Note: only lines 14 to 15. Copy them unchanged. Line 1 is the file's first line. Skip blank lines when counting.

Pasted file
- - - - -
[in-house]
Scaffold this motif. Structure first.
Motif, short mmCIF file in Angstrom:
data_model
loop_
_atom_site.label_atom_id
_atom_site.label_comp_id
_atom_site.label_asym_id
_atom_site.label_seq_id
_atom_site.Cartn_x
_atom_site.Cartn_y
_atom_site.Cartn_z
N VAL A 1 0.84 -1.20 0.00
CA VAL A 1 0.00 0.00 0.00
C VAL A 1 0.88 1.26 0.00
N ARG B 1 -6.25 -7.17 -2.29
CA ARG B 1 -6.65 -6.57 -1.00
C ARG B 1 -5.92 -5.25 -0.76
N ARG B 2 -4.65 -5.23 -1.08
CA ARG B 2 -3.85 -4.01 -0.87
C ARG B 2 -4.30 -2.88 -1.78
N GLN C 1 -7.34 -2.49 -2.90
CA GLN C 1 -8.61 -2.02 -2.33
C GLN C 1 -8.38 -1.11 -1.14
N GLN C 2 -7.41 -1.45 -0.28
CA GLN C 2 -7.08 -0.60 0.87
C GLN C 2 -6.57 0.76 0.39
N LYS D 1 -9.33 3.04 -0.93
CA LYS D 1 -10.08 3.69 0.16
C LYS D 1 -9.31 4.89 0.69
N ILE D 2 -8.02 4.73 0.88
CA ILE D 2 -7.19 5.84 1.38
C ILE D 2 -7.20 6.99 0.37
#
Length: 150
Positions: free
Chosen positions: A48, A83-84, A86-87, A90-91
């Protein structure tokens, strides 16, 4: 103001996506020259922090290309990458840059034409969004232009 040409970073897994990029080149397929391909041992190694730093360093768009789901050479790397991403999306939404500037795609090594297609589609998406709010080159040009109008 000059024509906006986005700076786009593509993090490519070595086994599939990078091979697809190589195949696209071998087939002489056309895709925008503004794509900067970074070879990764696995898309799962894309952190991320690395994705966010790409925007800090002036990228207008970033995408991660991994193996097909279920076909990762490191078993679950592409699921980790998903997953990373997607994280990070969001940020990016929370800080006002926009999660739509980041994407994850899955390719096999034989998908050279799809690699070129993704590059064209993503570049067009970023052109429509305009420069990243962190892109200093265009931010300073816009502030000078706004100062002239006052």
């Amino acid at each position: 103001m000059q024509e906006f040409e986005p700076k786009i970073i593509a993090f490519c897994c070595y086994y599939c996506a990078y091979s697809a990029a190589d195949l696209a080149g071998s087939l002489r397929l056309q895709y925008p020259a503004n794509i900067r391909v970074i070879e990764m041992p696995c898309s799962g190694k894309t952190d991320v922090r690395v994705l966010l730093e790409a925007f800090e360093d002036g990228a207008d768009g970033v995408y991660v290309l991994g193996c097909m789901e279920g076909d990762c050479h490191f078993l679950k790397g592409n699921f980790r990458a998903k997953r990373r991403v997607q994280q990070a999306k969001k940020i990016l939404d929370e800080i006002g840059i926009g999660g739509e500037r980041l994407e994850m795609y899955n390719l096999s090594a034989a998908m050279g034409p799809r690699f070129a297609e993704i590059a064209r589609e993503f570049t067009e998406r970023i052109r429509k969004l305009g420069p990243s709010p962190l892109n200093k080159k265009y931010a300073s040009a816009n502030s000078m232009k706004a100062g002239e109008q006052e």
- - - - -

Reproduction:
CA VAL A 1 0.00 0.00 0.00
C VAL A 1 0.88 1.26 0.00